Show that for any real number a not 0, the polynomial x^n-a has no muktiple roots in the real numbers
Suppose p(x)=x^n-a
I'm not even sure what direction to go for this problem
If $\displaystyle x_0$ is a root of $\displaystyle p$, prove that $\displaystyle x_0$ can't be a root of its derivative .
Fernando Revilla
You only need the formal derivative. That is an algebraic tool.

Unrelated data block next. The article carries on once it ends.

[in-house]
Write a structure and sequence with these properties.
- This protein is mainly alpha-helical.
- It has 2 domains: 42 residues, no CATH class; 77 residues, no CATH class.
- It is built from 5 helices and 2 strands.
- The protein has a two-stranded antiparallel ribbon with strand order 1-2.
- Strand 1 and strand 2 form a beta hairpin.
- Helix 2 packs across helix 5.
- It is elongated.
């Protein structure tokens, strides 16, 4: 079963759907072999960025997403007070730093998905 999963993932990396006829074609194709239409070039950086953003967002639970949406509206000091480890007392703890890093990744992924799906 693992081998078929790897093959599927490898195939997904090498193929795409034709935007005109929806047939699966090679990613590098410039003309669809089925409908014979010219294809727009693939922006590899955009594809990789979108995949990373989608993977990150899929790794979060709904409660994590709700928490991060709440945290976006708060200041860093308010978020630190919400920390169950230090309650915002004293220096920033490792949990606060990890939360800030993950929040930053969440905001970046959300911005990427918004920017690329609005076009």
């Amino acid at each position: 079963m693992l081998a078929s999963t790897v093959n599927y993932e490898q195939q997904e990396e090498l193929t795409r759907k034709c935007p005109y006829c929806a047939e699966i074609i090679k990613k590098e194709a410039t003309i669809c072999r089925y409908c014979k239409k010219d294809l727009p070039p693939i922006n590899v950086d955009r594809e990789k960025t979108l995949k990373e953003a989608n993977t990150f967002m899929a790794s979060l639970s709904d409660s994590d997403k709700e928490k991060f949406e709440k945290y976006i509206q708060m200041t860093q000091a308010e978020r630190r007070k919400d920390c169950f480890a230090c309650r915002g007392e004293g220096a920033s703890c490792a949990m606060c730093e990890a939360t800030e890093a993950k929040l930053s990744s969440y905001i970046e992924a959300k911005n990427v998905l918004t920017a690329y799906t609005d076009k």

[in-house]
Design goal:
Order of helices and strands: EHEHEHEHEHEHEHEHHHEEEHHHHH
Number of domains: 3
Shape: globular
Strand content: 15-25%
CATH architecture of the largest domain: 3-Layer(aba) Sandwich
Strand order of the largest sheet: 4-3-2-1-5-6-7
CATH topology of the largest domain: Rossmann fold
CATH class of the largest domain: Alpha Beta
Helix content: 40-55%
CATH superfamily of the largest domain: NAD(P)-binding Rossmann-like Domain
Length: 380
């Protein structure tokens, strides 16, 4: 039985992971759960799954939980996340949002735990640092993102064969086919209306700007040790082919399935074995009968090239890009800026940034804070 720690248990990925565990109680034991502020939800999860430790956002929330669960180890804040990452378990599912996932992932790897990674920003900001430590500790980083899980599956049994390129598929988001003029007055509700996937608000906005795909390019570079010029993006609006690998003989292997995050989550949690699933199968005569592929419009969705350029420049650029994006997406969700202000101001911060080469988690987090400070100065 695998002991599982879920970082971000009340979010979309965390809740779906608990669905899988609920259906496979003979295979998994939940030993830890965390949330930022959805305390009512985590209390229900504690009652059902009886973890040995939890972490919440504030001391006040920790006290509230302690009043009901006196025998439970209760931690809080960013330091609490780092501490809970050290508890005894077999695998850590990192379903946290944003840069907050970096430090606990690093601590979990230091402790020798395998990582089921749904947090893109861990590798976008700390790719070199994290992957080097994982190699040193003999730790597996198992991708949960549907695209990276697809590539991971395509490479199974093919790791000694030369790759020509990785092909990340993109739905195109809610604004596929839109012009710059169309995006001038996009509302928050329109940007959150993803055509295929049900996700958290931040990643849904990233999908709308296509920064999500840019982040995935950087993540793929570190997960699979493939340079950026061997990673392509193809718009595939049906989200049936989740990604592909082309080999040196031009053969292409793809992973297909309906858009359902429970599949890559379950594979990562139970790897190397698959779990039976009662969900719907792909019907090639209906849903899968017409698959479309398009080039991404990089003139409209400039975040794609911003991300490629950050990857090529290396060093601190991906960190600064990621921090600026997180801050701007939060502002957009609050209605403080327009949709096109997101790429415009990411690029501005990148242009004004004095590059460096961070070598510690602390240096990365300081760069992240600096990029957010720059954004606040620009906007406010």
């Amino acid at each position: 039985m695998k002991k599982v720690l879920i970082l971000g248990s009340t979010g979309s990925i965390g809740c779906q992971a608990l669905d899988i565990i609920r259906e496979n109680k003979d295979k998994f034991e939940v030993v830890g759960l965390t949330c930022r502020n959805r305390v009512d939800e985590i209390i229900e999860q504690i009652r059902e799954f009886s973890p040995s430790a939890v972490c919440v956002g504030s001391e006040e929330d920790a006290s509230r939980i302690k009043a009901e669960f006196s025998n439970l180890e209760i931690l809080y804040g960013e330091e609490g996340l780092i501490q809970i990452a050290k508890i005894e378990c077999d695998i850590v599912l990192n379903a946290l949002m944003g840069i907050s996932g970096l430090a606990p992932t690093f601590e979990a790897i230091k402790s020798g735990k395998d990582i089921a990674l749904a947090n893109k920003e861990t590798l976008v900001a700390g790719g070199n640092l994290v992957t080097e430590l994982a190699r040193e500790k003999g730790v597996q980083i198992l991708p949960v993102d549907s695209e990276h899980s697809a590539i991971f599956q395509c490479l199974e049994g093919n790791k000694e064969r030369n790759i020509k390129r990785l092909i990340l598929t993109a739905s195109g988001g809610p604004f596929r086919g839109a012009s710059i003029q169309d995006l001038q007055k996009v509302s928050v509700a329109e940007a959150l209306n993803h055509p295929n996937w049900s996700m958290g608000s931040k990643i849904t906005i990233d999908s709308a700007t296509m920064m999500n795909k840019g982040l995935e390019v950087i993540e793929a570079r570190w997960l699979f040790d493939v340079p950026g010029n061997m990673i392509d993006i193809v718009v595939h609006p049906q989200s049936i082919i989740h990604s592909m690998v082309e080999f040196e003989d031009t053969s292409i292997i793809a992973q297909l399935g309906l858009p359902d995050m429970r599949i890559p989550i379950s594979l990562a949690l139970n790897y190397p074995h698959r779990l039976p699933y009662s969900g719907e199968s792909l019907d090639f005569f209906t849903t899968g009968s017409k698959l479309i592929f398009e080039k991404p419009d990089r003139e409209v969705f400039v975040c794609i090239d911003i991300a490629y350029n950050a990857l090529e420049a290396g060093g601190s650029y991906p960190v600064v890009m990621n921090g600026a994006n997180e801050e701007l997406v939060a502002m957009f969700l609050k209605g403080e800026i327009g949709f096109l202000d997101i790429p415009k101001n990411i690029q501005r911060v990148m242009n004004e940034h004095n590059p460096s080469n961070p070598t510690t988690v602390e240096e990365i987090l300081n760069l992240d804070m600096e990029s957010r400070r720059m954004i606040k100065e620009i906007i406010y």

Fernando Revilla
f(x)=x^n-a
f'(x)=nx^(n-1)
I can do that, but am unsure about finding a gcd. I'm thinking we can use division to find the gcd.
(x^n-a)/(nx^n-1)=1/nx-a/nx^(n-1). So the remainder is -a.
But still not sure about the gcd since we want the gcd to not equal 1.